2.50
Hdl Handle:
http://hdl.handle.net/10755/158900
Type:
Presentation
Title:
Interdisciplinary Communication, Simulation, and Improving Safety: Yes We Can!
Abstract:
Interdisciplinary Communication, Simulation, and Improving Safety: Yes We Can!
Conference Sponsor:Midwest Nursing Research Society
Conference Year:2010
Author:Reising, Deanna, PhD, RN, ACNS-BC, ANEF
P.I. Institution Name:Indiana University
Contact Address:1033 East Third Street, Sycamore 405, Bloomington, IN, 47405, USA
Contact Telephone:812-855-1728
Co-Authors:D.L. Reising, Nursing, Indiana University, Bloomington, IN; D.L. Reising, J.M. King, , Bloomington Hospital, Bloomington, IN; D.E. Carr, Medicine, Indiana University, Bloomington, IN;
Simulation has been used primarily to promote critical thinking and psychomotor skills in undergraduate nursing students. High fidelity simulation use in nursing students is rapidly growing as faculty seek to standardize experiences, and provide "real life" testing in situations that are high stakes, and not commonly seen in clinical settings While simulation has been used primarily to promote critical thinking skills around specific psychomotor and scenario-based competencies, little work has been accomplished with regard to communication skills. In 2002, the Institute of Medicine made a call for increased emphasis on interdisciplinary communication in response to published reports regarding patient safety errors?errors frequently linked to breakdowns in communication among healthcare practitioners. Similarly, the Joint Commission sets yearly National Patient Safety Goals. Goal 2 is "Improve the effectiveness of communication among caregivers." Designing "real life" scenarios and evaluation strategies is greatly lacking in nursing literature, and the science is in its infancy. Researchers in the School of Nursing and the School of Medicine designed a pilot study involving third year nursing students in a Bachelor of Science in Nursing (BSN) program (n=41) and second year medical students (n=19). The purpose of the study was to identify key indicators with regard to interdisciplinary communication skills, in the context of Advanced Cardiac Life Skills, comparing traditional round table discussion and SimMan, a high fidelity simulation tool. Results of the study are that: 1) students in the simulation strategy reported higher levels of stress, and 2) both groups reported a heightened sense of their role on the interdisciplinary team. Further, a communication rubric tool was developed for use in future studies to more objectively evaluate communication skills. This tool is currently being refined based on the studies and simulations to date. Subsequent studies will test this tool, and extend interdisciplinary learning experiences.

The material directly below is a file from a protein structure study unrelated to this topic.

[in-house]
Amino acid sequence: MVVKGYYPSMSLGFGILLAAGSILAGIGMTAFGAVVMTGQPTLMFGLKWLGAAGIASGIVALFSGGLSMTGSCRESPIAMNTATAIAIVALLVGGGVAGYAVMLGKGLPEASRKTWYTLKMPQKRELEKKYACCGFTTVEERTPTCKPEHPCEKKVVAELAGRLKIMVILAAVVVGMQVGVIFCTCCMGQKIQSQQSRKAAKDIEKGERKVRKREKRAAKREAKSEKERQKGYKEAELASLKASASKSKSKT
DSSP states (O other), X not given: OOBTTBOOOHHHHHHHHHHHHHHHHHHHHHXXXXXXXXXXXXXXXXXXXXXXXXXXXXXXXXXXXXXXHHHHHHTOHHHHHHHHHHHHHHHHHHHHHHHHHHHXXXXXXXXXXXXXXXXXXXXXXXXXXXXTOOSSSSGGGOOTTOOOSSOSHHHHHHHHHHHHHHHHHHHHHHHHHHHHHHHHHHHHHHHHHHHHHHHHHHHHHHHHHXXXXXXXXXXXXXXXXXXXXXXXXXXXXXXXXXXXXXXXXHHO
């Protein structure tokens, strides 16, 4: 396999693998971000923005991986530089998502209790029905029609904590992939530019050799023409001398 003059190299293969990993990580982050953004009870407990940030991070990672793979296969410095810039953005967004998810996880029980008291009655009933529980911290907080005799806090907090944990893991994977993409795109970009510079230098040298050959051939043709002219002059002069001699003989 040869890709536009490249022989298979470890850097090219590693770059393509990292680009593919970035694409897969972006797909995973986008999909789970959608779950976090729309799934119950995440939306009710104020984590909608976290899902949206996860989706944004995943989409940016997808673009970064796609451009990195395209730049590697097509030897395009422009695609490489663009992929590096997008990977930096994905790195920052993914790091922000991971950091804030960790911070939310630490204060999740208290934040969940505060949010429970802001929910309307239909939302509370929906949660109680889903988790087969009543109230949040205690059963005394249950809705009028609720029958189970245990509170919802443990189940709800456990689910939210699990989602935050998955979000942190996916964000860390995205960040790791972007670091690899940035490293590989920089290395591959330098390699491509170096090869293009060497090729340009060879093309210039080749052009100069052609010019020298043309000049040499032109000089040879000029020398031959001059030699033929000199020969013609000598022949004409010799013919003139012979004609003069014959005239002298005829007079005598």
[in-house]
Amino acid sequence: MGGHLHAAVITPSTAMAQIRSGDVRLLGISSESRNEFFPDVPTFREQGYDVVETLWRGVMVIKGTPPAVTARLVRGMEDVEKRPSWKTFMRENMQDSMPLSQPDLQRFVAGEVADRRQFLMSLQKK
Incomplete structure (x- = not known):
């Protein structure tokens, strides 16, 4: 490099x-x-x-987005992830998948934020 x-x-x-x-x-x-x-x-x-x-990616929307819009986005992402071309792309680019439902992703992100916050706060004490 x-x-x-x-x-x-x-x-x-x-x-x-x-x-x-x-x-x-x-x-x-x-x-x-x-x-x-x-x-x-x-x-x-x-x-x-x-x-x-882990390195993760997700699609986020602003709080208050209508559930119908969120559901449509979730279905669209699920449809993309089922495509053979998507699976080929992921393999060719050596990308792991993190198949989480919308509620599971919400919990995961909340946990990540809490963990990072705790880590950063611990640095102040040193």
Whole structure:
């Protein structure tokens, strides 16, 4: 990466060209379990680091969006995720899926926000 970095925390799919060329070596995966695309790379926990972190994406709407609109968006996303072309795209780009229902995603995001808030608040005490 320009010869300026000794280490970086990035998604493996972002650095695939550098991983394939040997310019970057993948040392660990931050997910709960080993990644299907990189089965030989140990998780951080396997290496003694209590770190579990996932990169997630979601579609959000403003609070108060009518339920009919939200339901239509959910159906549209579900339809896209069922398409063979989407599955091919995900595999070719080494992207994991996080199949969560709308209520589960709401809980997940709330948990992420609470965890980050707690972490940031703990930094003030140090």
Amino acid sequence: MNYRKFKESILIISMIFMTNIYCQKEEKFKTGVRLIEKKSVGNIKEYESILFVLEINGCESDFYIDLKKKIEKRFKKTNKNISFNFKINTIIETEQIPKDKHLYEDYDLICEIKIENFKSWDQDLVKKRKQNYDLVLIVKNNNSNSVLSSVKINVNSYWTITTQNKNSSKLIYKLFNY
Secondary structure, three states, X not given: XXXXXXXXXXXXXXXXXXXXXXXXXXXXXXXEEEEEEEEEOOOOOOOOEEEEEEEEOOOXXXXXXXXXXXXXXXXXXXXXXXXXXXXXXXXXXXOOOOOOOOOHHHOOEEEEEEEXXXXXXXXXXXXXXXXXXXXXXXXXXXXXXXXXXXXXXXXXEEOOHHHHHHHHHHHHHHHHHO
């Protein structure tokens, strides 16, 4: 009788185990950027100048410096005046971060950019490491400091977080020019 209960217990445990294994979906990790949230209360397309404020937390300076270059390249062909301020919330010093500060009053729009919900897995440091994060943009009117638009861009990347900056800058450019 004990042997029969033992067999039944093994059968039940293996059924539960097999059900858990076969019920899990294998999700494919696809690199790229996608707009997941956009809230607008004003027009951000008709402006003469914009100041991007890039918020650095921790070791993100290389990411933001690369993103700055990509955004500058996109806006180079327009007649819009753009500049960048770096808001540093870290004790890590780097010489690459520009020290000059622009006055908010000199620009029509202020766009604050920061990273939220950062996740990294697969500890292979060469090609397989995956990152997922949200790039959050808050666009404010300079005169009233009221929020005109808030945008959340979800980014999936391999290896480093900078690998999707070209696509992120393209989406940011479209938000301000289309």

Repository Posting Date:
26-Oct-2011
Date of Publication:
17-Oct-2011
Sponsors:
Midwest Nursing Research Society

Full metadata record

DC FieldValue Language
dc.typePresentationen_GB
dc.titleInterdisciplinary Communication, Simulation, and Improving Safety: Yes We Can!en_GB
dc.identifier.urihttp://hdl.handle.net/10755/158900-